We visited a Woolen Mill where we bought some beautiful sweaters. We stopped at the Rock of Cashel where 12th century church ruins are open to the public. It is where the last King of Ireland, the King of Munster, converted to Christianity. The views were beautiful as were the ruins.  The old cathedral is huge and stands tall on the hill. They are doing some restoration work to preserve it, though many things including frescos in a small chapel have been lost over the years.

We ended our time in Ireland back in Dublin where we spent the night at the Clontarf Castle Hotel. The castle is from 1172 and has modern additions for guest rooms, but parts of the old castle are still used.  The lobby is from the castle and has high stonewalls with a huge fireplace, and a small alcove hidden behind it. The ladies room near the dinning room has a fireplace in one stall. There are centuries old tapestries hung on the walls. It was an incredible experience. 

I am so glad we got to go and thank my Mom and Jim for taking us. It was a wonderful trip and I hope that we can go again sometime. The food was good, natural tender beef, lamb, Irish coffee, scones, Irish soda bread.  We did not have a bad meal though I did not try the blood pudding. Mom, Jim and Tom did and they said it was something they could do without.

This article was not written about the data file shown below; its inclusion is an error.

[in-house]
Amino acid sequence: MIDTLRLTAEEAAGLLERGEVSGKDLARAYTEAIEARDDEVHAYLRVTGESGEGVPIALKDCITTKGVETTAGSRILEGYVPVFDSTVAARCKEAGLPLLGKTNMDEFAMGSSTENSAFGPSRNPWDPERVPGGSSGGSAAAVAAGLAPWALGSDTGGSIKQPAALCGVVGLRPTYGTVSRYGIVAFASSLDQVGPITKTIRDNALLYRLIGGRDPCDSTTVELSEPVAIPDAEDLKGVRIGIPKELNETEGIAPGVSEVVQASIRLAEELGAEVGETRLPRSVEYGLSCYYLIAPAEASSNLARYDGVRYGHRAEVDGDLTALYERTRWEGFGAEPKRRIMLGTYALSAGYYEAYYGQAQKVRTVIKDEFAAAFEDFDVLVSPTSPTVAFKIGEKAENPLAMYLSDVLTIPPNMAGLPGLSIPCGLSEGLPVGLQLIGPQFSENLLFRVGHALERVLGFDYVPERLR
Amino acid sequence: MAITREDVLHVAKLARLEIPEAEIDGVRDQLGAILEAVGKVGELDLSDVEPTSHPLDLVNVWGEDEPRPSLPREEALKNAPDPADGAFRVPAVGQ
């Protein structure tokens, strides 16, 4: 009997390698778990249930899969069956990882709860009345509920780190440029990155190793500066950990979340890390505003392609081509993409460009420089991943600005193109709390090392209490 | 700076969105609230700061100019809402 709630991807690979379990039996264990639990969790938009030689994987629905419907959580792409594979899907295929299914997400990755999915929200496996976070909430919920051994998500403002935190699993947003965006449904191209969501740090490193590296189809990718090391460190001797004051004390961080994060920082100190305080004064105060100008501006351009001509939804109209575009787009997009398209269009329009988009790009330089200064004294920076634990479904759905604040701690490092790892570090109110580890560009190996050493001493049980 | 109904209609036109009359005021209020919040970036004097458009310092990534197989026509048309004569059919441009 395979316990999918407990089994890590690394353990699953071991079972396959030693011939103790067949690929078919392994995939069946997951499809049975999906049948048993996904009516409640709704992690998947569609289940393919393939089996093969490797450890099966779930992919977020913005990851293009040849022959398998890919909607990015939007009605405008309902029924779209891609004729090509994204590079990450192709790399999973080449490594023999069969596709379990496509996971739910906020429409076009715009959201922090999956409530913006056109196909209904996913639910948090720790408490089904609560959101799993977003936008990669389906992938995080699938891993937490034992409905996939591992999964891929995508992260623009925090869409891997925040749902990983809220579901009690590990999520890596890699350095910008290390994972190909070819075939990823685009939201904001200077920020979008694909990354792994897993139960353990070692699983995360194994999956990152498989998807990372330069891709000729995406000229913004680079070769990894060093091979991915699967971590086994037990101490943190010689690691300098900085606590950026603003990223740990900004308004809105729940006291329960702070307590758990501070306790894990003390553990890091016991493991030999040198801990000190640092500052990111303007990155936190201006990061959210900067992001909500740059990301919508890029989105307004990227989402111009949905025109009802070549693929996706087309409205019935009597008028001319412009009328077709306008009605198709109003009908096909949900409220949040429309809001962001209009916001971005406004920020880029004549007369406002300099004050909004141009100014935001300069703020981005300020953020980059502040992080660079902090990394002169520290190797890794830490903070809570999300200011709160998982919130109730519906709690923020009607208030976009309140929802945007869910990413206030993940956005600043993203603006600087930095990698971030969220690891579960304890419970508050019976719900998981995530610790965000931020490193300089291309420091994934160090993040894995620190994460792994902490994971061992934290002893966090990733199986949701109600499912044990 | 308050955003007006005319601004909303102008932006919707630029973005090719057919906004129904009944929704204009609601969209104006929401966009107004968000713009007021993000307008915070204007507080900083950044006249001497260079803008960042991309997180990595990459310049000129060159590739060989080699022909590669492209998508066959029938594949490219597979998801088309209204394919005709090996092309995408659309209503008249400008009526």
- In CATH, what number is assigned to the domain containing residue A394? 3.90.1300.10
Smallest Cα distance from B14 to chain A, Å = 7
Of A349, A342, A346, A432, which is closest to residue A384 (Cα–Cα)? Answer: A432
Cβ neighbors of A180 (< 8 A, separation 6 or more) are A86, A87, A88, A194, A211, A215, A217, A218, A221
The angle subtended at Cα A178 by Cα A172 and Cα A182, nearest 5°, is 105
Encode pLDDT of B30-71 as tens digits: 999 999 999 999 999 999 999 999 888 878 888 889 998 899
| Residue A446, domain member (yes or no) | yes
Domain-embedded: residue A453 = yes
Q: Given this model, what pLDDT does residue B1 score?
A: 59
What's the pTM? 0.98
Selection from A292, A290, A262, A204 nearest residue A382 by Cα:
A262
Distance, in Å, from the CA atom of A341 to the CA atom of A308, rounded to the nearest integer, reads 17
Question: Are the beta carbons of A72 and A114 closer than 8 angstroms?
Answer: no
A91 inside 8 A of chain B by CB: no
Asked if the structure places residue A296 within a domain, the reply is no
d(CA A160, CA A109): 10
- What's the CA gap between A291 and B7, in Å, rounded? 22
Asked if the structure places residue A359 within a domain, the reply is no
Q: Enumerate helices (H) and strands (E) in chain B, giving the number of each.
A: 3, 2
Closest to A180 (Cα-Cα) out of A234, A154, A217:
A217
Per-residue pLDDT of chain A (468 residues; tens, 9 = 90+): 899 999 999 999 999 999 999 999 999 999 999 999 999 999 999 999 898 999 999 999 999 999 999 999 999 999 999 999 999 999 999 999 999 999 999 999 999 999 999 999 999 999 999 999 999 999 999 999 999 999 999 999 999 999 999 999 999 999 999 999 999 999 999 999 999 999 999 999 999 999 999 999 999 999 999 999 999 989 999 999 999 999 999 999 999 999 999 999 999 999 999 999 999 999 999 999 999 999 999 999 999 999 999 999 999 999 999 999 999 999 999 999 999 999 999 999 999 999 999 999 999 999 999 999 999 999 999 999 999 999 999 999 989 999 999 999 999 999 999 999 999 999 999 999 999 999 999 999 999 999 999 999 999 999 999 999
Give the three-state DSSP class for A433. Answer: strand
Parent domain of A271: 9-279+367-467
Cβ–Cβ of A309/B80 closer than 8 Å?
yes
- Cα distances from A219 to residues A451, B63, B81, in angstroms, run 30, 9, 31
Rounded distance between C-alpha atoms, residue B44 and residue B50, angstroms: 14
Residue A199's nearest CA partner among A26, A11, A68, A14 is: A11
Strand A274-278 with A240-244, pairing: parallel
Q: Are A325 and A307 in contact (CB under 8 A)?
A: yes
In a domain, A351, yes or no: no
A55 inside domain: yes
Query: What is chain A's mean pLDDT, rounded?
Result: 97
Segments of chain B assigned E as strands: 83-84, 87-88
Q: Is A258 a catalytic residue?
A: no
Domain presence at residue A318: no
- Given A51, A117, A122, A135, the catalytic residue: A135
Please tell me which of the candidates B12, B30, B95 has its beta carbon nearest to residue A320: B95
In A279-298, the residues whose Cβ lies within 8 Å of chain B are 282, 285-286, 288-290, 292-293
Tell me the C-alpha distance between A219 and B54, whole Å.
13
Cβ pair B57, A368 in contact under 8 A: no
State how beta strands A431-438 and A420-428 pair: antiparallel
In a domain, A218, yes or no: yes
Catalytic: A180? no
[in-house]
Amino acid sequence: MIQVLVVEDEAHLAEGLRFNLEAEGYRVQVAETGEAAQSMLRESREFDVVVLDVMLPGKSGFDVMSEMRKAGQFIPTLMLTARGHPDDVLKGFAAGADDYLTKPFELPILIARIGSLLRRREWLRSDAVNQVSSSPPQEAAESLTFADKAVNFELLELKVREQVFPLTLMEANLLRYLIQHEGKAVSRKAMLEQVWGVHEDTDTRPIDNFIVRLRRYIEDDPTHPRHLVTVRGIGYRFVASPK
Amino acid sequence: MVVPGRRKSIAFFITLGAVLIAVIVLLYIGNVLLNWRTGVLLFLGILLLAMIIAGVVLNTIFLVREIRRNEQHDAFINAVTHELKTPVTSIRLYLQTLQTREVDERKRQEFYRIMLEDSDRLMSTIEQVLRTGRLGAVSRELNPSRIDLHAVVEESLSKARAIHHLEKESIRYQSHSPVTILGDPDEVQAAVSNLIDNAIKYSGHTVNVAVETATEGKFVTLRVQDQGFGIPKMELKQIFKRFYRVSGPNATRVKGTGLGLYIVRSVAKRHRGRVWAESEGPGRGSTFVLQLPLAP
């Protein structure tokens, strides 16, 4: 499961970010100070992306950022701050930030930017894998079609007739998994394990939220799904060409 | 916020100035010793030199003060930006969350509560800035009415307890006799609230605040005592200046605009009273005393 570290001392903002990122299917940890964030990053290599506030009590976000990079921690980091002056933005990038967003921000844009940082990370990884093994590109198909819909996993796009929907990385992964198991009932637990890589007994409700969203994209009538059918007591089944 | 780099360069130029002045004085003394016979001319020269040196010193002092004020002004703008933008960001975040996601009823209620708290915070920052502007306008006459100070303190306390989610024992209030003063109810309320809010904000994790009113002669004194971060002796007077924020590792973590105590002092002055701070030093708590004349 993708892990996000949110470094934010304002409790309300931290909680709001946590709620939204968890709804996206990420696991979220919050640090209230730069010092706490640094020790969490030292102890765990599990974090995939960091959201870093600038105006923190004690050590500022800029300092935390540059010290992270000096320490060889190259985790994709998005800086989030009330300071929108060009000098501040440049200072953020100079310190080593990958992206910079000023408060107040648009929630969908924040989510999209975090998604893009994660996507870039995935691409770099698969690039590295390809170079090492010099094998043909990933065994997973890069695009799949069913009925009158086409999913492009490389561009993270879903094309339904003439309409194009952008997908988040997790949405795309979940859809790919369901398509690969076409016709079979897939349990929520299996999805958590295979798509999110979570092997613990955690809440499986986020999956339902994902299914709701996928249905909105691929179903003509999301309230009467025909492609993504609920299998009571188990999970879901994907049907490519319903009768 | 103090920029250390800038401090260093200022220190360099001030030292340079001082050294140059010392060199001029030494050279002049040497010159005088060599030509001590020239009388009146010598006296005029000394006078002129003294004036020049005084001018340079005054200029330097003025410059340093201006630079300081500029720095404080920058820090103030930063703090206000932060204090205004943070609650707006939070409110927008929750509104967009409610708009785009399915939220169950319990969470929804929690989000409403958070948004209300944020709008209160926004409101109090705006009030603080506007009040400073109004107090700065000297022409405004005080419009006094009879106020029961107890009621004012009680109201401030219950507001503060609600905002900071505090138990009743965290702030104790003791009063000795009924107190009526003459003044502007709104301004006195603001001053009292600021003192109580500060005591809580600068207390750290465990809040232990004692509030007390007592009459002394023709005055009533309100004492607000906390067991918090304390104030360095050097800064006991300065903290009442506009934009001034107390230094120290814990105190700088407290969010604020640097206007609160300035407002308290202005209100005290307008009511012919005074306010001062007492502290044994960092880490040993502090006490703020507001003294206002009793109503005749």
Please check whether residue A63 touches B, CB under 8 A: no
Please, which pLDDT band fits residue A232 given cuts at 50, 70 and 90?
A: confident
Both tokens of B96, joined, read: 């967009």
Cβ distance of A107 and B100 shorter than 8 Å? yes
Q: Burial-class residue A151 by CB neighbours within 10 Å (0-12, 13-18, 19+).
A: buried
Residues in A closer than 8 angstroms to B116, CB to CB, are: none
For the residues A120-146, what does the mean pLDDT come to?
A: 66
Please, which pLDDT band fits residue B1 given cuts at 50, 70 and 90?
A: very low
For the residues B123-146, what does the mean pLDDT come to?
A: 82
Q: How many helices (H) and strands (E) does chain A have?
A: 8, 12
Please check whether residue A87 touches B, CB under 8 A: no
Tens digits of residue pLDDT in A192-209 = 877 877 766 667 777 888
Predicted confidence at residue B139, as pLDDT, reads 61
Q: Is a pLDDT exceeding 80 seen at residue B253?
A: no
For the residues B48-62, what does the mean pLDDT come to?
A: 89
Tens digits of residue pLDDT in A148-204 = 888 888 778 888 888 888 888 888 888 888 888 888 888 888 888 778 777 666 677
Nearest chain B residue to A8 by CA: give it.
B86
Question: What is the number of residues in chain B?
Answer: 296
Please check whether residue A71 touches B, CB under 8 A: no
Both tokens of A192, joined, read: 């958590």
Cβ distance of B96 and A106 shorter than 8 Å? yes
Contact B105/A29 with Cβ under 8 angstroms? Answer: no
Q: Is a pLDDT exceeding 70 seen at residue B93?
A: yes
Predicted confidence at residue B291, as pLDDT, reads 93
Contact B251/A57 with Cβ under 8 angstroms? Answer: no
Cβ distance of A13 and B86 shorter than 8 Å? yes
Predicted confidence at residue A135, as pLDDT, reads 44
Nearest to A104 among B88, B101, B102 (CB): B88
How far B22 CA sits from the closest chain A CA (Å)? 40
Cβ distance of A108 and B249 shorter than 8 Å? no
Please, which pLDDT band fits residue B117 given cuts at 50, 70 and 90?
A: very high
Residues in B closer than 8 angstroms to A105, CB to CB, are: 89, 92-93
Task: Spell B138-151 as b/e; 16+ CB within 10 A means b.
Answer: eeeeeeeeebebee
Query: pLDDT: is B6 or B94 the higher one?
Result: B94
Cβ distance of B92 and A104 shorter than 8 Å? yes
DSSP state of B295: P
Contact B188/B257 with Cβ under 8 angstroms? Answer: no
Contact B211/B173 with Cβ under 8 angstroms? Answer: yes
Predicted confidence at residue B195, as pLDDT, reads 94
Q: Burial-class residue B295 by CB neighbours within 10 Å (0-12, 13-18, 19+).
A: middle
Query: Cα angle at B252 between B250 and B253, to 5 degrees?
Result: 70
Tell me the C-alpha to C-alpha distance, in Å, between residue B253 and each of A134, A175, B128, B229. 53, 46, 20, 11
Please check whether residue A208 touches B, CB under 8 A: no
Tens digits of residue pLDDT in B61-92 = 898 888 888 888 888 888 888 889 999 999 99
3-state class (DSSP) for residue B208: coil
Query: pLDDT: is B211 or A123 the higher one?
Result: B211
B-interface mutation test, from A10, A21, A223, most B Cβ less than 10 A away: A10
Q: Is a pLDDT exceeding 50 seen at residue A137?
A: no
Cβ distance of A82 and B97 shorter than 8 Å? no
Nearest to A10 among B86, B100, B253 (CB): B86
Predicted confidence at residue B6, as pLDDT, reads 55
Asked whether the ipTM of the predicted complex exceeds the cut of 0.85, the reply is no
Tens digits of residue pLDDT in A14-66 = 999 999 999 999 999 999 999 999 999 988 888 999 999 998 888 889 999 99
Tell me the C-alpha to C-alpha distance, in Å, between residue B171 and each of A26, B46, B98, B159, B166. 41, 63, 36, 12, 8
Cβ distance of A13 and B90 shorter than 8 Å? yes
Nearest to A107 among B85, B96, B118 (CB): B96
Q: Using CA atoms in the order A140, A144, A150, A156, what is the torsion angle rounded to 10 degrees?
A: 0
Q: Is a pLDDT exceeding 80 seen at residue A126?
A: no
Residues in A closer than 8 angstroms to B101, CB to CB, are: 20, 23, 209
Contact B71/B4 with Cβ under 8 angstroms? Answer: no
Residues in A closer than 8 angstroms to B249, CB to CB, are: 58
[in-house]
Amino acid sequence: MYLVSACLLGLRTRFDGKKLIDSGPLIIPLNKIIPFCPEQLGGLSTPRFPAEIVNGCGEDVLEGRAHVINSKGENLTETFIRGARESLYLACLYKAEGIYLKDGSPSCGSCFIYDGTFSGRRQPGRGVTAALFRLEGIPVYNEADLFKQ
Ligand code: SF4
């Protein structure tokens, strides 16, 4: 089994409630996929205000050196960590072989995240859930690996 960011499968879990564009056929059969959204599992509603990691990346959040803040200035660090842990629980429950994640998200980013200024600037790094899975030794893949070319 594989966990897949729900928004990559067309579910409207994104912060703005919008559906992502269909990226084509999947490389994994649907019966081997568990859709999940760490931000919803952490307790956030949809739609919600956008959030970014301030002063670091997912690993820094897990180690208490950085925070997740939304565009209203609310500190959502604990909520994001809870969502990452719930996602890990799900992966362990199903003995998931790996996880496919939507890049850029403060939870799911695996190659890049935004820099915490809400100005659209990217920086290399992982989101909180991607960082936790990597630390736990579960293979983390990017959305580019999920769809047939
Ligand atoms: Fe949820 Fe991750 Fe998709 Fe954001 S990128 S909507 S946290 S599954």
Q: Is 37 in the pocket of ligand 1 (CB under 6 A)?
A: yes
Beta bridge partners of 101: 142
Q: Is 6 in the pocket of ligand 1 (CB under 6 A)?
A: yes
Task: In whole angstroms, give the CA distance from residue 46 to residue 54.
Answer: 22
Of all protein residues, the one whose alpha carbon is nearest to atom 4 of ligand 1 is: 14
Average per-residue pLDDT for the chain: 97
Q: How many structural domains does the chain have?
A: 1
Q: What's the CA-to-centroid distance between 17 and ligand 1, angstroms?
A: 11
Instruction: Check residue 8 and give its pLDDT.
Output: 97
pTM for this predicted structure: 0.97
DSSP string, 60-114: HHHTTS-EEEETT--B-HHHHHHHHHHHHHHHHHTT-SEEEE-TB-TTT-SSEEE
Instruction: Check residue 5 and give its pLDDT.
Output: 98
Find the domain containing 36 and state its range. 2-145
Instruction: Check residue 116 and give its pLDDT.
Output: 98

We had a quiet Thanksgiving.   We have a quiet, relaxing Christmas and I enjoyed spending the day with my youngest son.

I am flying to Missouri in February for Bryce’s graduation from boot camp and AIT and have planned to spend a few days with my cousin who lives near there as well.

We are planning to stay at home and relax next summer, and ride our tandem bike while enjoying the Alaskan Summer.

I have gotten off track with my blogs and have decided that in 2012 what I need to do is set up one day a week to devote to my blogs, so I can stay up on them. 

1 comment:

  1. 2011 was one jam-packed year for you. Great travels, retirement, and lots of quilting.
    I hope that 2012 is a happy year for you and the family.

    ReplyDelete